LUBBOCK, Texas — More than half of Americans have been avoiding cash during the pandemic, and a majority plans to quit using it entirely even after the pandemic is over, a new study finds.
“Everything in our world is so digitized. It only makes sense that our money goes that same way. Then COVID-19 hit, then the coin shortage hit, and it kind of propelled that idea forward,” Kylie Moore, a content strategist for Digital Third Coast who spearheaded the study’s research said.
The study from Travis Credit Union revealed that 58 percent of Americans plan to stop using cash after the pandemic, and 7 in 10 Americans see a “completely cashless future.” Most participants said that they quit using cash due to health concerns that it was less hygienic than using a credit card, while others said it was for convenience.
However, for local businesses, the concept of going “cashless” has both its pros and cons. Managing partner of River Smith’s Chicken & Catfish, Chris Berry, said that the restaurant usually has a 50/50 split between cash and credit card in sales, but lately, he’s seen a drop in customers paying with paper and an increase in those paying with a card.
“[Cards are] quicker for business most of the time and less propensity for error,” Berry said.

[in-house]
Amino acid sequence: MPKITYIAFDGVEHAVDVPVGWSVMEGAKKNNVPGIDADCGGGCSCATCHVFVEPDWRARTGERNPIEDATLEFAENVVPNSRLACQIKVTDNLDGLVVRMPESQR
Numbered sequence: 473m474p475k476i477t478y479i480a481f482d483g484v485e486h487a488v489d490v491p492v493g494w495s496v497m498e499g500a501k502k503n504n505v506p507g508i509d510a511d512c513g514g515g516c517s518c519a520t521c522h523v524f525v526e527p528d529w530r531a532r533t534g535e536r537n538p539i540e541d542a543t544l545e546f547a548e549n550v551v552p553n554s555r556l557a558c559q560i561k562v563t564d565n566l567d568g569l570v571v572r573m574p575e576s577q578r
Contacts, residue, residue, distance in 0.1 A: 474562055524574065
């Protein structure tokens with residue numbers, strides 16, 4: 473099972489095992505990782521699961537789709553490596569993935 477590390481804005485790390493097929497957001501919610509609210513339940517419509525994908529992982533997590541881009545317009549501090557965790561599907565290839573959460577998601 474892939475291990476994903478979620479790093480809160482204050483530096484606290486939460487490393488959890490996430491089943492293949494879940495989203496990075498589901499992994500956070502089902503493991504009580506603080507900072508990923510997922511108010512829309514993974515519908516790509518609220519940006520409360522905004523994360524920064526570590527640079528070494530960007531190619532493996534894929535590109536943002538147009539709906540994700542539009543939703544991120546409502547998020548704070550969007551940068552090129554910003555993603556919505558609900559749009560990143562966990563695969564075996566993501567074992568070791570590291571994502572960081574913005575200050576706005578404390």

He also said that having fewer dollars in the cash register made them less likely to be robbed. However, he emphasized it would take a while before his restaurant was ready to stop accepting dollars and coins.
“Being in the restaurant business for so long, you see cash all the time whether it’s tips or a customer paying or every now and then, [paying] seasonal employees that just work a couple of days a year,” Berry said.
According to the Lubbock Chamber of Commerce, Americans’ use of cash has been decreasing for years, but the pandemic gave the “inevitable” trend a final push.
“I had never seen a cashless operation until COVID-19 started,” Eddie McBride, President and CEO of the Lubbock Chamber of Commerce said.
McBride said that he’s seen several fast-food businesses in Lubbock refuse to accept cash to avoid spreading germs in the last few months. However, he added that not every society is built to handle going cashless.
He also warned that while more “efficient,” this trend also has several risks, including threats to people’s cybersecurity and privacy and even potential financial issues for small businesses who can’t afford to buy the extra equipment going cashless would require.
“Those businesses, very small businesses that have tight margins, not much overhead, low-income type of operations — it will put some of them out of business,” McBride said.
A “cashless future” could also cause problems for the three in 10 Americans who reportedly don’t own a credit card.